Every right angle or tighter turn you need to look back along the track.
With your sissy GPS you have it easy remembering the places where it's safe to let people pass without stopping. Move off the track to the downwind side and know how much speed you can carry and exactly when the chasing car will pass you. get your driver gunning it to get back on the track just before they pass you so you are accelerating back to race speed as you return to the track - AND ALWAYS KNOW IF THERE IS A SECOND FASTER CAR IN THEIR DUST! if that is the case it is safer to stop altogether on the upwind side of the track. the fast guys are in a different race to you and how you deal with them saves both teams time in their own respective races. Passing is very important when you are in a slow car.

Good sleep trackside is a significant performance advantage. Bring earplugs because some jerk will put a generator near your tent guaranteed. No alcohol or sweet food and drink before bed time helps you sleep better too. Driving tired is as bad as driving drunk.
 

randy s

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first off you need to find someone who will give you the chance. then you have to have a large sack. then you have to not be prone to getting motion sickness. then you have to know the functions of everything on the car or truck and where they are. then you have to have a working knowledge of them. then you have to be able to keep tabs on your mirrors, gps, and gauges continuously for long periods of time. then you have to let the driver know what's happening with the truck, where to go, know when someone's behind you and what to look out for. and massaging their ego when he/she does well helps alot. you have to be able to slow the driver down if they're too hot or speed them up when they're laggin'. you have to act calm and not looze it. then the most important thing to know is that all co-drivers have to buy drinks and dinner for the whole crew followed by a night of frolicking at the paris for everyone on your dime as well...win or looze...pm me if you're willing to do all this chit and i'll find a spot for you.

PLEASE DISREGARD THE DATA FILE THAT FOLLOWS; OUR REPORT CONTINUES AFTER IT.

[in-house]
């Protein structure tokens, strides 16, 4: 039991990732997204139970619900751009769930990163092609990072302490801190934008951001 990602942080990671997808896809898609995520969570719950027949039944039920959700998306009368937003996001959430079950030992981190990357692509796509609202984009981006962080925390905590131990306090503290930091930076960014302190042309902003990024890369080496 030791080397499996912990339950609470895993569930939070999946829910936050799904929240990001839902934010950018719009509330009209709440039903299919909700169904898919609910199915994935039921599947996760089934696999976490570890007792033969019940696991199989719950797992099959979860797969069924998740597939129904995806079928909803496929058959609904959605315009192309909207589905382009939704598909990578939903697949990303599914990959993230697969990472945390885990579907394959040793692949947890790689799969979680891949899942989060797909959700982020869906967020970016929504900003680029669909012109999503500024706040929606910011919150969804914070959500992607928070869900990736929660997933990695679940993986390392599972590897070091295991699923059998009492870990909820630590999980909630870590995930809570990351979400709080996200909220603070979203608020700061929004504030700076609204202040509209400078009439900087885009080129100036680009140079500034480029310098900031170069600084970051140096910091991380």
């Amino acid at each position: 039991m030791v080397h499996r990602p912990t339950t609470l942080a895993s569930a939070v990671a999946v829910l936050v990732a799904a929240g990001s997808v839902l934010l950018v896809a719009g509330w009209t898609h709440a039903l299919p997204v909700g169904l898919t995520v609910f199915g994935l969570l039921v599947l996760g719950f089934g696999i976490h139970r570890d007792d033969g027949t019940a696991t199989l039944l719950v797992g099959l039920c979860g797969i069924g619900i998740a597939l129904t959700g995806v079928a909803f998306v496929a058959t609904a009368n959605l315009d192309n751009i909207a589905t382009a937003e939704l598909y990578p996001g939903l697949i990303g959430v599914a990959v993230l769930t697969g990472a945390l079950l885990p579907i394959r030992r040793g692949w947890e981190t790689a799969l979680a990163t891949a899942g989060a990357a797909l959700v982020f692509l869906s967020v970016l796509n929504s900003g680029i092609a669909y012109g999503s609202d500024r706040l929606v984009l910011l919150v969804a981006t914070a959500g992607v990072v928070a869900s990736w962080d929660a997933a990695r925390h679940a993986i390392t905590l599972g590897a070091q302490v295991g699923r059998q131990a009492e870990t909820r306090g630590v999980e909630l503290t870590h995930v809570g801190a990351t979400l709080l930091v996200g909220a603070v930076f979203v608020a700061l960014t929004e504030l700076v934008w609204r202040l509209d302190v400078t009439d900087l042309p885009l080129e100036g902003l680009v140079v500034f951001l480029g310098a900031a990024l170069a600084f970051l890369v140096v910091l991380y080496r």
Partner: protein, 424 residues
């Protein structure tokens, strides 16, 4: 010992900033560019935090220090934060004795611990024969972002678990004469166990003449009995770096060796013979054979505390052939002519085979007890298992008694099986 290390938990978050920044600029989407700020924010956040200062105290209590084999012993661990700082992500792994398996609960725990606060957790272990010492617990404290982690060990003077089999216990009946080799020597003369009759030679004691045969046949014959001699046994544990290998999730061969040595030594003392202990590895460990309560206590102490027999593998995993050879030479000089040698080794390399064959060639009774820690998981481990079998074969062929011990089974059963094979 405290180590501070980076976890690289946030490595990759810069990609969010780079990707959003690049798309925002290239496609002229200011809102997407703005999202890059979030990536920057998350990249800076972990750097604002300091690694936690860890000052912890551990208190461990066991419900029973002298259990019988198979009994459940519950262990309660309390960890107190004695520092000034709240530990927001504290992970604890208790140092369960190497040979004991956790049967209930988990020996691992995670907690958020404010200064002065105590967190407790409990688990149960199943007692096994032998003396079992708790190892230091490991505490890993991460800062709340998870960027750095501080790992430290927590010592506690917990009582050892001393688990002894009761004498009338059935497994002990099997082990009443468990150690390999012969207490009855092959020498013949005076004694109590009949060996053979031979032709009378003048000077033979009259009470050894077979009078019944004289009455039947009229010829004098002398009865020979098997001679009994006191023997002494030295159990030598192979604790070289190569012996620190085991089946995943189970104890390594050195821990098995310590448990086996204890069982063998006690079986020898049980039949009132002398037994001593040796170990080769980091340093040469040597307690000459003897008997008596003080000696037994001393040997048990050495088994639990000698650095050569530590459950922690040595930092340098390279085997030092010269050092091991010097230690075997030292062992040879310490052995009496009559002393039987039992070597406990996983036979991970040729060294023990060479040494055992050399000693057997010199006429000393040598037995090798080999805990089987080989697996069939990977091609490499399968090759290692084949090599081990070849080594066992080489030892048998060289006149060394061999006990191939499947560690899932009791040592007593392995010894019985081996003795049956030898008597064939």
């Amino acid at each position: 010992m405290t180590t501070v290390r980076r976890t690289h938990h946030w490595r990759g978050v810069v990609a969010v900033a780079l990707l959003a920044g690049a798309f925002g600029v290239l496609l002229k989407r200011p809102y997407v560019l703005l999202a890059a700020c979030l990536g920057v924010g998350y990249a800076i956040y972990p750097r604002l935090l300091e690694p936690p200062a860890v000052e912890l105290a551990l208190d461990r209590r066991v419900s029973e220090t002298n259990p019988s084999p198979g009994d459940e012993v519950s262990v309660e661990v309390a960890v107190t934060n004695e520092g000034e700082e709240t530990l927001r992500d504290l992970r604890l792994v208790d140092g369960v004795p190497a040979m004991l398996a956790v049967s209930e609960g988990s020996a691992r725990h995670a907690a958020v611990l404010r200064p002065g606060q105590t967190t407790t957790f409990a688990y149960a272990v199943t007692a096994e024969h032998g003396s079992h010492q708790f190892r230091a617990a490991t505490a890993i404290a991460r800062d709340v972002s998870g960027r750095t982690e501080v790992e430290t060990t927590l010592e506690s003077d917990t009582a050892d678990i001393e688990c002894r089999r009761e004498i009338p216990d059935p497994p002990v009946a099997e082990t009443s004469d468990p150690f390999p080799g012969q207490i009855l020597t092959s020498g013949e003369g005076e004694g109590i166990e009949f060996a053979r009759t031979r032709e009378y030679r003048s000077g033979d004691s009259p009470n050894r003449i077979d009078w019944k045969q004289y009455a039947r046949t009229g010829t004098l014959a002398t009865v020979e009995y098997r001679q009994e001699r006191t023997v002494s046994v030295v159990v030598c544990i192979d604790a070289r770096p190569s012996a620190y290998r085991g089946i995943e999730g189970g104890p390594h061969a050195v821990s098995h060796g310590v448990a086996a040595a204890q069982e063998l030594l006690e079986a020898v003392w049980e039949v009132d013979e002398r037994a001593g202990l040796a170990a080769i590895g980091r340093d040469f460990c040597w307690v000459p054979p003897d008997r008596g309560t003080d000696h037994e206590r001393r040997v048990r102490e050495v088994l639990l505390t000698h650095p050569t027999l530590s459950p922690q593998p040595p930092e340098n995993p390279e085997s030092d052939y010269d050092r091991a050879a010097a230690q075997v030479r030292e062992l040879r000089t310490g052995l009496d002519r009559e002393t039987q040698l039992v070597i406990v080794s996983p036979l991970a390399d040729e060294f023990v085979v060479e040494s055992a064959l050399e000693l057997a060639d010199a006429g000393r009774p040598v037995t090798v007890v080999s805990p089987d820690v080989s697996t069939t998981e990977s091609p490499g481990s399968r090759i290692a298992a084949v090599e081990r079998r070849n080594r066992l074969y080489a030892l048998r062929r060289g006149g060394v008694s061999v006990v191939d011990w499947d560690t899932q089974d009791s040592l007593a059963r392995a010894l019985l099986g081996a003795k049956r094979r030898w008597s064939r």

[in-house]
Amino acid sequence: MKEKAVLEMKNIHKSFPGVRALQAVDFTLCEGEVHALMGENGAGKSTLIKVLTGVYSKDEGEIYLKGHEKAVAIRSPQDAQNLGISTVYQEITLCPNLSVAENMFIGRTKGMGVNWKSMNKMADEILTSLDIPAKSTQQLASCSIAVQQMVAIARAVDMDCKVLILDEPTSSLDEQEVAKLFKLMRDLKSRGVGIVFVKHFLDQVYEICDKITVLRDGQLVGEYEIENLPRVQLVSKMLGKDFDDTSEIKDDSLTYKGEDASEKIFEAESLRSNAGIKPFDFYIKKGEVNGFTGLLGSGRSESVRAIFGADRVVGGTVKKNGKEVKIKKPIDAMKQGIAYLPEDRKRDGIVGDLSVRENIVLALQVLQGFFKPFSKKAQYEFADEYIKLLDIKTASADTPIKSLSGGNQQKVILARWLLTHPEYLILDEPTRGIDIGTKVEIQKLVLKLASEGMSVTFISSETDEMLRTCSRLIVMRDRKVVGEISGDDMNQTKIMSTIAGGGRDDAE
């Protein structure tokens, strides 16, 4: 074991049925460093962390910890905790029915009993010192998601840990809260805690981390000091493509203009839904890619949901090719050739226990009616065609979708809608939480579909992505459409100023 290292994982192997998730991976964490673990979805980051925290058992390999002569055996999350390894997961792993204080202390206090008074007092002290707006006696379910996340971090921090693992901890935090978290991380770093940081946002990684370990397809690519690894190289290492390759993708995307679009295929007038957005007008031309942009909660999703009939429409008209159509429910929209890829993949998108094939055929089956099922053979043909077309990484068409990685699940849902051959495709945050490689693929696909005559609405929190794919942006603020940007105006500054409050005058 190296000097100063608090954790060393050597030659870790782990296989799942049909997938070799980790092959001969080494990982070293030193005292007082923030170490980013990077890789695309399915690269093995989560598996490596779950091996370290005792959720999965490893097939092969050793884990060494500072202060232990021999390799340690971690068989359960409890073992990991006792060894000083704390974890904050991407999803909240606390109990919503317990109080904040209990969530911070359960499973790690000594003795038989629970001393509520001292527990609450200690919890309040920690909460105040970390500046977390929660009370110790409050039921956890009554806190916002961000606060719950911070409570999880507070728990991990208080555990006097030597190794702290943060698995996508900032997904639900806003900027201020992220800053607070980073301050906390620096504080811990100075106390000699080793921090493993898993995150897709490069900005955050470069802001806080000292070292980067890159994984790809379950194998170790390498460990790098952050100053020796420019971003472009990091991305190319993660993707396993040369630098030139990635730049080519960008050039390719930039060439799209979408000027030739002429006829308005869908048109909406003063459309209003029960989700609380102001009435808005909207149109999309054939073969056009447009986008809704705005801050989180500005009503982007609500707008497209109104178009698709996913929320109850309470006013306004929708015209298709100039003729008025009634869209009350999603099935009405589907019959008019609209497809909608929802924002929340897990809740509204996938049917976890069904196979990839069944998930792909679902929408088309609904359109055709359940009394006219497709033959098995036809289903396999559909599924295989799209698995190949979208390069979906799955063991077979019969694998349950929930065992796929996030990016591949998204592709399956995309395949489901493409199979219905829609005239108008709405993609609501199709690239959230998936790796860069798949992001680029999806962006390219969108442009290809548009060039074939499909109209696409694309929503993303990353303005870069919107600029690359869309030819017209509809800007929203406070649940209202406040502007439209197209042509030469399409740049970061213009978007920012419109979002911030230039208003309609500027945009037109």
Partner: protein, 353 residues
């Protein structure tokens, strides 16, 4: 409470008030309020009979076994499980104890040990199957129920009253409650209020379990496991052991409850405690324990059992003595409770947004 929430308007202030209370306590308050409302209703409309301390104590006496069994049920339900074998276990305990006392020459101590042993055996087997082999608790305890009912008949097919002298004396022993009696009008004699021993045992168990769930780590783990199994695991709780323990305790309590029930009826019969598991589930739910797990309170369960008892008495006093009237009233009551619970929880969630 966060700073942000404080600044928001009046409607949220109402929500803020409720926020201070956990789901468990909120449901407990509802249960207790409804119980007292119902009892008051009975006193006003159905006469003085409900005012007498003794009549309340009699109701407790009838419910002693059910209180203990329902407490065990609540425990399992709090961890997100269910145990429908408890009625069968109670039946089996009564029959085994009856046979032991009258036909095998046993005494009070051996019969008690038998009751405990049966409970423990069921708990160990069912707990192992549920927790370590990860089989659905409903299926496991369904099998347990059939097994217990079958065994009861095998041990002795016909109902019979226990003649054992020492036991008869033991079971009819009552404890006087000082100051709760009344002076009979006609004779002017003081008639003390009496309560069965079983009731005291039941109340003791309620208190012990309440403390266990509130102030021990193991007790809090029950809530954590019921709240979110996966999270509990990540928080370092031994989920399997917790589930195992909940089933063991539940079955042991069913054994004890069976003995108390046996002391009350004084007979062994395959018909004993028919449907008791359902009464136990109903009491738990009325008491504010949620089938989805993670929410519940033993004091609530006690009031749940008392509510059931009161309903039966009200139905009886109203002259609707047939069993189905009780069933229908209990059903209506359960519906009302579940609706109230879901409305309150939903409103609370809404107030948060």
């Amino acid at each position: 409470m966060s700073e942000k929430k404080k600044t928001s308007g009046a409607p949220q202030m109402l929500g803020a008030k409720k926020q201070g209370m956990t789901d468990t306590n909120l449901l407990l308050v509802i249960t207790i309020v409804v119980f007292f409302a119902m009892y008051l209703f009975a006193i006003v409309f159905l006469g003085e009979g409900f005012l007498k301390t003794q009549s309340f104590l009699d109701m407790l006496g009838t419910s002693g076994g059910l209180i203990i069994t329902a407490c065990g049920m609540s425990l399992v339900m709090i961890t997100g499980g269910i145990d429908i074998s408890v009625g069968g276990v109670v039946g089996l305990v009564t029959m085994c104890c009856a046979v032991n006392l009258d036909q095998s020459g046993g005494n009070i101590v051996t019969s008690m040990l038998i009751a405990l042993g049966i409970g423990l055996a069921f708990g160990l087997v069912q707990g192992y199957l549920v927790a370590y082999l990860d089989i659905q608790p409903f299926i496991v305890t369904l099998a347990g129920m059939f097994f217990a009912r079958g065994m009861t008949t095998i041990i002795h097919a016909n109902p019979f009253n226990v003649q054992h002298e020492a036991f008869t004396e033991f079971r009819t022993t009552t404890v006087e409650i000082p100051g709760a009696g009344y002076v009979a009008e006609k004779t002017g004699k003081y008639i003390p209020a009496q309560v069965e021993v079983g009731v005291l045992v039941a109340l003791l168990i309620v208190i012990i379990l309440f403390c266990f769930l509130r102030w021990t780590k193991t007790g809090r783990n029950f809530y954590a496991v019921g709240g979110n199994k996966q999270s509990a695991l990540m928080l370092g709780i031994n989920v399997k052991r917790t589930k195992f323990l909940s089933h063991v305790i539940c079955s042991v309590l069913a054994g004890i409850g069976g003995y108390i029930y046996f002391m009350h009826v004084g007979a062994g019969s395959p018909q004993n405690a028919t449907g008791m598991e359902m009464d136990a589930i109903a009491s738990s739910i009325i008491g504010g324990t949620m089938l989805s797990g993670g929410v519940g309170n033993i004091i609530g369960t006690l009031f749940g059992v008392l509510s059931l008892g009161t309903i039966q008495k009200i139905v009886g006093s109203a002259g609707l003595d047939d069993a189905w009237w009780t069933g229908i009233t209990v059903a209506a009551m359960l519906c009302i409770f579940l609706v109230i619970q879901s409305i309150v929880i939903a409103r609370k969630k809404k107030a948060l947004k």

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wrightracing.net

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BRINGTHERUCKUS

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Having a good personal relationship with the driver is a huge plus, riding with my cousins and Eric Tolbert has been a breeze, know how the driving likes information given to them, do they like chatter or just pure information only when they need to know it. As a co-driver i just like to stay as calm as possible. its in my nature (to a point) a calm voice talking to a pissed off driver works wonders. same for calling in on the radio. Knowing how to set up a GPS is a plus too. my first race i had the zoom really messed up... calling corners 3/4 of a mile before we got there haha
but, now Im getting the itch to get back out in something soon so if anyone needs an expirenced co-dog PM me.. Have all equipment including HNR.